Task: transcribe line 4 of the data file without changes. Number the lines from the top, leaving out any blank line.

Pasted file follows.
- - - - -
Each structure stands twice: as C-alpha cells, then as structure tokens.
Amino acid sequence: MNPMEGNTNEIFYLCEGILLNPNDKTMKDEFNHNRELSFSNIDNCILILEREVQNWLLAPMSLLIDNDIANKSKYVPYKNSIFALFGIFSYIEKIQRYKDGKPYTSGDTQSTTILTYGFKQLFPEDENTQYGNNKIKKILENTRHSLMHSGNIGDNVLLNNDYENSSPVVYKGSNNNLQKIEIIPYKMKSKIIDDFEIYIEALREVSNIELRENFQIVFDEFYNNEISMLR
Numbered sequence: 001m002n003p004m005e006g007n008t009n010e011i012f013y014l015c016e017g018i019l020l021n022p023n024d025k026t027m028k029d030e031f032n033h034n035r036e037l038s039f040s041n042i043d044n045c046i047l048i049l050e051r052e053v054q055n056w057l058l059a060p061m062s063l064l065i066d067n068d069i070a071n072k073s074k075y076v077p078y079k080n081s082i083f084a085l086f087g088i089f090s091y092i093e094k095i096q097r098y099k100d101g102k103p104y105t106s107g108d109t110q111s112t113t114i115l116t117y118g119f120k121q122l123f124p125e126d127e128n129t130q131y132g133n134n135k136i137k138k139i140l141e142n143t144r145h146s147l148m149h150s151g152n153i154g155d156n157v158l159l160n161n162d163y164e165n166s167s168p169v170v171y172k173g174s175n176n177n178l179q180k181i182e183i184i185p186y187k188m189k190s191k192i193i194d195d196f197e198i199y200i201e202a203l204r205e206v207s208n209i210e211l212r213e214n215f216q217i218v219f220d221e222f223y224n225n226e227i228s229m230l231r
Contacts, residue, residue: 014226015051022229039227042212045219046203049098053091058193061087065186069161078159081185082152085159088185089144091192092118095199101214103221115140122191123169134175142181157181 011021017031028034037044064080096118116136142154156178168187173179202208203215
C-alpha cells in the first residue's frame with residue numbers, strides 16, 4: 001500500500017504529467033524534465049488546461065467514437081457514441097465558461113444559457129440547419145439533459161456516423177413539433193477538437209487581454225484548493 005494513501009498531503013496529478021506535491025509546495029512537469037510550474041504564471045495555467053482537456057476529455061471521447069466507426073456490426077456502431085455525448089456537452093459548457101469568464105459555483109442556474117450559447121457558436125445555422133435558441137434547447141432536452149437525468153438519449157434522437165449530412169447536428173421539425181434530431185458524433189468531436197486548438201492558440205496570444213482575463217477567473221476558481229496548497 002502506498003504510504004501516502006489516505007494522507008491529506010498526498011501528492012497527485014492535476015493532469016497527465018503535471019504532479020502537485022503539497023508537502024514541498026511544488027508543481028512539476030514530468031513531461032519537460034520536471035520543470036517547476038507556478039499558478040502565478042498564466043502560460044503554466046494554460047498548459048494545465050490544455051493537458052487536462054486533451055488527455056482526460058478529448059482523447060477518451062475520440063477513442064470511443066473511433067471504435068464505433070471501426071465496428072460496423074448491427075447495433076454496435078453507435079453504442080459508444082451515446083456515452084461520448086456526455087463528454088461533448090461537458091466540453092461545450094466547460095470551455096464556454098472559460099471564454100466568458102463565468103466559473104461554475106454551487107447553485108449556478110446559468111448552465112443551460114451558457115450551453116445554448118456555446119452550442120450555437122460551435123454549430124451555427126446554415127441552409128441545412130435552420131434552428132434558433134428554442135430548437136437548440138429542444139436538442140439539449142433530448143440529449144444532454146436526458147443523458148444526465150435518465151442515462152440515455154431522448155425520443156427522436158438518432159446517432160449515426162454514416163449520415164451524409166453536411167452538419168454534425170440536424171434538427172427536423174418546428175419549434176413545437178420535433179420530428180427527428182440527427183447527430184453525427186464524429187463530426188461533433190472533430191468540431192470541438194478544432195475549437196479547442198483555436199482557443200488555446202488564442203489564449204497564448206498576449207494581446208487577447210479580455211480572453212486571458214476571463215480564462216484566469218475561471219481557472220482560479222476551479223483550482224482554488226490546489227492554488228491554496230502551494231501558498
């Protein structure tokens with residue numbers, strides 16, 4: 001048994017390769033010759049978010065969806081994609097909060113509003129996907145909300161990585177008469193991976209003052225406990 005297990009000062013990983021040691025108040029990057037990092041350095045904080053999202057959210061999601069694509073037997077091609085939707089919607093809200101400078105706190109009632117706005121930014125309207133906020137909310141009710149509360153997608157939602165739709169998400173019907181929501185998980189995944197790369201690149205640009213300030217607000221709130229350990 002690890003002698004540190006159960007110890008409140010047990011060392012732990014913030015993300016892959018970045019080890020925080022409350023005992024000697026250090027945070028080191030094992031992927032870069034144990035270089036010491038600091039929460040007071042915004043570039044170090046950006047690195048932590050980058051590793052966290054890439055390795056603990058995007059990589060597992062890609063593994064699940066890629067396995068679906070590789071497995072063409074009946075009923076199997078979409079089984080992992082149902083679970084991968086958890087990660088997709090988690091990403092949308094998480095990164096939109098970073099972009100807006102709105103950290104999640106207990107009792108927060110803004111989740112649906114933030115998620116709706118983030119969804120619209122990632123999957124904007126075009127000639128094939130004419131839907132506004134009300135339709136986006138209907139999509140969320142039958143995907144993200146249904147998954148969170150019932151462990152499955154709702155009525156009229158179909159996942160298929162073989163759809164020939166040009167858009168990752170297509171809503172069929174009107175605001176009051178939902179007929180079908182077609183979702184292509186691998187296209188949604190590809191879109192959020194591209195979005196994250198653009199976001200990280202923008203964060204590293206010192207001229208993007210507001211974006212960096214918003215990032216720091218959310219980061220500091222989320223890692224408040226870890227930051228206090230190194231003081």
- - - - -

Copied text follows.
Contacts, residue, residue: 014226015051022229039227042212045219046203049098053091058193061087065186069161078159081185082152085159088185089144091192092118095199101214103221115140122191123169134175142181157181 011021017031028034037044064080096118116136142154156178168187173179202208203215